“The fatal mistake is to think of sin always in terms of acts and of actions rather than in terms of nature, and of disposition. The mistake is to think of it in terms of particular things instead of thinking of it, as we should, in terms of our relationship to God. Do you want to know what sin is? I will tell you. Sin is the exact opposite of the attitude and the life which conform to, ‘Thou shalt love the Lord thy God with all thy heart, and with all thy soul, and with all thy mind, and with all thy strength.’ If you are not doing that you are a sinner. It does not matter how respectable you are; if you are not living entirely to the glory of God you are a sinner. And the more you imagine that you are perfect in and of yourself and apart from your relationship to God, the greater is your sin. That is why anyone who reads the New Testament objectively can see clearly that the Pharisees of our Lord’s time were greater sinners (if you can use such terms) than were the publicans and open sinners. Why? Because they were self-satisfied, because they were self-sufficient. The height of sin is not to feel any need of the grace of God. There is no greater sin than that. Infinitely worse than committing some sin of the flesh is to feel that you are independent of God, or that Christ need never have died on the cross of Calvary. There is no greater sin than that. That final self-sufficiency, and self-satisfaction, and self righteousness is the sin of sins; it is sin at its height, because it is a spiritual sin.” —D. Martyn Lloyd-Jones, God’s Way of Reconciliation, (Baker Book House, 1987) p. 11
“For freedom Christ has set us free; stand firm therefore, and do not submit again to a yoke of slavery. …For you were called to freedom, brothers. Only do not use your freedom as an opportunity for the flesh, but through love serve one another.” —Galatians 5:1, 13
In standing firm and not submitting we shouldn’t make the mistake of thinking that defending the north side of the fort is the same thing as defending the fort. What is most important is the freedom stood in, not the legalism stood against. If you make standing firm against legalism on the north your only concern, you’ll be blindsided out of the south by libertinism.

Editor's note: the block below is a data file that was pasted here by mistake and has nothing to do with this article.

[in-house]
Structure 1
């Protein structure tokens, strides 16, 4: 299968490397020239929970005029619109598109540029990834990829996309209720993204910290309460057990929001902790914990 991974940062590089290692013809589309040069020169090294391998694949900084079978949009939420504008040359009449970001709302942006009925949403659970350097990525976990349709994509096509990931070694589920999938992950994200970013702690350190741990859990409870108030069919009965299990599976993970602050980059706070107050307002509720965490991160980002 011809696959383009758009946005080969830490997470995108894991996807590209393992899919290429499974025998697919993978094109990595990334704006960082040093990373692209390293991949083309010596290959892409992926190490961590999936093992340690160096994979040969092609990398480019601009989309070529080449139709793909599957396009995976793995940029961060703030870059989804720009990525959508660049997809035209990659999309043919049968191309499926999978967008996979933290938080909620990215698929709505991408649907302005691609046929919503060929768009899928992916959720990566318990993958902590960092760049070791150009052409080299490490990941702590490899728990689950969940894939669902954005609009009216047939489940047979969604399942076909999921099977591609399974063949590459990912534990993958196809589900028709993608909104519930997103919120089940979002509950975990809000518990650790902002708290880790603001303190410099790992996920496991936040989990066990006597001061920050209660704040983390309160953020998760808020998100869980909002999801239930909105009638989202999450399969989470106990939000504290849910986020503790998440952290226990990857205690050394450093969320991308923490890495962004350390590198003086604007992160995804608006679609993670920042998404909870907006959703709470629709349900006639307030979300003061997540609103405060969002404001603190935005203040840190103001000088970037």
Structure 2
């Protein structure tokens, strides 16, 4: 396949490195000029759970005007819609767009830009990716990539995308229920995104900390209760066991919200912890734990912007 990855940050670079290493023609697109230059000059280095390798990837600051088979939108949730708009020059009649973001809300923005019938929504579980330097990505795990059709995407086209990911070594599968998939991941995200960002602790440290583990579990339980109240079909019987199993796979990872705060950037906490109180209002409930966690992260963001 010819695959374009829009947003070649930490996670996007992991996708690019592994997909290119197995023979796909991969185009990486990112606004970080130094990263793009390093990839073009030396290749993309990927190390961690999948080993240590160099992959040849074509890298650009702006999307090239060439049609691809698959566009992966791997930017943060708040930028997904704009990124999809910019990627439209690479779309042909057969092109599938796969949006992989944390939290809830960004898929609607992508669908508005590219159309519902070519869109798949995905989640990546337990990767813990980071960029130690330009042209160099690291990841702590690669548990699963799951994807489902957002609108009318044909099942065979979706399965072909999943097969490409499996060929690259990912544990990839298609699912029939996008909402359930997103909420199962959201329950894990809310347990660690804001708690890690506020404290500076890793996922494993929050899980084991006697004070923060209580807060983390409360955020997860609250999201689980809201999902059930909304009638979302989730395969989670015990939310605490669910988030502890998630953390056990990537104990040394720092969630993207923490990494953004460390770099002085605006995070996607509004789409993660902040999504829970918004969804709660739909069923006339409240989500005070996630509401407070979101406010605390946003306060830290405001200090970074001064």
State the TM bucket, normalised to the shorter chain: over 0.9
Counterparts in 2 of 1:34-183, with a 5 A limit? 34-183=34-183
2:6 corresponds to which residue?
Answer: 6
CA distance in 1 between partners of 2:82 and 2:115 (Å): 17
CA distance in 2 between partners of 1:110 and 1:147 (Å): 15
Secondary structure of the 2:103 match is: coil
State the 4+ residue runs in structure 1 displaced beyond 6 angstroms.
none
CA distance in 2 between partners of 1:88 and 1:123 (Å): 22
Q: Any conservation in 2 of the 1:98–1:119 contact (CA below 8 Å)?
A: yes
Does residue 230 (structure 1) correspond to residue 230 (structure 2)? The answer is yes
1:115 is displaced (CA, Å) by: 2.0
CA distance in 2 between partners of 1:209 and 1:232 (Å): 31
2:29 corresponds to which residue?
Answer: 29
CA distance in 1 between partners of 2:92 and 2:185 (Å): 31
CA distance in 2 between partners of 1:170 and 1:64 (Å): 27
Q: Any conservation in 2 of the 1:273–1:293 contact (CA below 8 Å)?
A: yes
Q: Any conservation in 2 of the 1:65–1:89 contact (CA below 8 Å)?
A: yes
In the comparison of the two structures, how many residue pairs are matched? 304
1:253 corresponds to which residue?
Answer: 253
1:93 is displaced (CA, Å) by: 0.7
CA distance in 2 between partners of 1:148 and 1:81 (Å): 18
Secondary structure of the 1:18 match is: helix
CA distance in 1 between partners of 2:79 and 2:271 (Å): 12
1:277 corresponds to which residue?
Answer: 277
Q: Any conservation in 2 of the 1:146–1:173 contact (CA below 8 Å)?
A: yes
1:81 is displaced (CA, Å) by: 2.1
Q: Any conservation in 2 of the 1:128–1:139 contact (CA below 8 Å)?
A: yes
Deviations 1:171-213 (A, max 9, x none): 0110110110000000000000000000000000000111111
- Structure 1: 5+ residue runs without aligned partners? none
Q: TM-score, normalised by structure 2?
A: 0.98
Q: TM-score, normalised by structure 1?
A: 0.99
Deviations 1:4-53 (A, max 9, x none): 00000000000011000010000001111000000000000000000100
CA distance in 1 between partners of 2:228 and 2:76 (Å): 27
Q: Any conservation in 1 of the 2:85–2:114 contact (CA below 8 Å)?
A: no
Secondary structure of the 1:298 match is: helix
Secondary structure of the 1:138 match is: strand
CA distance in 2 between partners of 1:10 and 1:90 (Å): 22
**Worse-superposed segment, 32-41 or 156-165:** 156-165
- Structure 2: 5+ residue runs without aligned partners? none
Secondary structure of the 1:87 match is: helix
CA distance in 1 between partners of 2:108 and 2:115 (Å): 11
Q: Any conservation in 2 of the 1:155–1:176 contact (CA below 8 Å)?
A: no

In standing firm against legalism, it is easy to fall backward into libertinism or antinomianism—(anti: against; nomos: the law). Luther colorfully said, “The world is like a drunken peasant. If you lift him into the saddle on one side, he will fall off again on the other side. One can’t help him, no matter how one tries. He wants to be the devil’s.” The world is doomed to fall off one side or the other. The saints can be taught to ride. They can learn to run well and walk by the Spirit down the straight and narrow. Even so, we, the saints, never keep it perfectly between the lines and it is easy to drift. Our ears must be tuned to the Word so that we hear the warning rattle of the rumble strip as we’re making our way to the ditch.
The danger stands not only on both sides, but within. The flesh wants to drift from the center of gospel freedom. Likely, you recognize your steering has an alignment issue towards the left or the right. Which son are you? The older brother or the prodigal? The legalist or the libertine? It’s good that you’re aware of your bent, but you must also beware of the danger of overcorrecting. It is in this letter, containing Paul’s sharpest rebuke of legalism, that we find this warning concerning antinomianism. The recovering legalist shouldn’t reason from grace to sin. “What then? Are we to sin because we are not under law but under grace? By no means!” (Romans 6:10).